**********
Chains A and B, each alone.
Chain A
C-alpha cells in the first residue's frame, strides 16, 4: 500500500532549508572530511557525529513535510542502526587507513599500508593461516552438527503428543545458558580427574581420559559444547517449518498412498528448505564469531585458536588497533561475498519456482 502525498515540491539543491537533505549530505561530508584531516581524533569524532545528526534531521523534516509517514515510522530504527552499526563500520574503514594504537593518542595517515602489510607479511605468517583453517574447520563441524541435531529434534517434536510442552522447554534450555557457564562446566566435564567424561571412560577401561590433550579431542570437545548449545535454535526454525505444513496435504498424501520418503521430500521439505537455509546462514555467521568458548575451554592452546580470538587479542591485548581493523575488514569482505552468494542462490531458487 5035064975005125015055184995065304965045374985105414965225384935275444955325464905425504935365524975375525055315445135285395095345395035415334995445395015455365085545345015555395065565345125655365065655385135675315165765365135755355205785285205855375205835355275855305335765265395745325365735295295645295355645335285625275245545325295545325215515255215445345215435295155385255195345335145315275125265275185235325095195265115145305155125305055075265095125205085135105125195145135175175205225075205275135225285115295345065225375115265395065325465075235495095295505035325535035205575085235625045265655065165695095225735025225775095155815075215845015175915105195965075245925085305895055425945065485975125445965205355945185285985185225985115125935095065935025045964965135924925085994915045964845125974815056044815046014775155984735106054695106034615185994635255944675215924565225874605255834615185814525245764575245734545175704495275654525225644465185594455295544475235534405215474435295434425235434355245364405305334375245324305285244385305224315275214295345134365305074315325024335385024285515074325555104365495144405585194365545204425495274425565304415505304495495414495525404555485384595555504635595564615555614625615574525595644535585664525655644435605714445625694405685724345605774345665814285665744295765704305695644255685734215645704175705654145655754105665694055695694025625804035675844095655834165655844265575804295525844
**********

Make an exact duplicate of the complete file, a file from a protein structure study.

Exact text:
Chains A and B, each alone.
Chain A
C-alpha cells in the first residue's frame, strides 16, 4: 500500500532549508572530511557525529513535510542502526587507513599500508593461516552438527503428543545458558580427574581420559559444547517449518498412498528448505564469531585458536588497533561475498519456482 502525498515540491539543491537533505549530505561530508584531516581524533569524532545528526534531521523534516509517514515510522530504527552499526563500520574503514594504537593518542595517515602489510607479511605468517583453517574447520563441524541435531529434534517434536510442552522447554534450555557457564562446566566435564567424561571412560577401561590433550579431542570437545548449545535454535526454525505444513496435504498424501520418503521430500521439505537455509546462514555467521568458548575451554592452546580470538587479542591485548581493523575488514569482505552468494542462490531458487 5035064975005125015055184995065304965045374985105414965225384935275444955325464905425504935365524975375525055315445135285395095345395035415334995445395015455365085545345015555395065565345125655365065655385135675315165765365135755355205785285205855375205835355275855305335765265395745325365735295295645295355645335285625275245545325295545325215515255215445345215435295155385255195345335145315275125265275185235325095195265115145305155125305055075265095125205085135105125195145135175175205225075205275135225285115295345065225375115265395065325465075235495095295505035325535035205575085235625045265655065165695095225735025225775095155815075215845015175915105195965075245925085305895055425945065485975125445965205355945185285985185225985115125935095065935025045964965135924925085994915045964845125974815056044815046014775155984735106054695106034615185994635255944675215924565225874605255834615185814525245764575245734545175704495275654525225644465185594455295544475235534405215474435295434425235434355245364405305334375245324305285244385305224315275214295345134365305074315325024335385024285515074325555104365495144405585194365545204425495274425565304415505304495495414495525404555485384595555504635595564615555614625615574525595644535585664525655644435605714445625694405685724345605774345665814285665744295765704305695644255685734215645704175705654145655754105665694055695694025625804035675844095655834165655844265575804295525844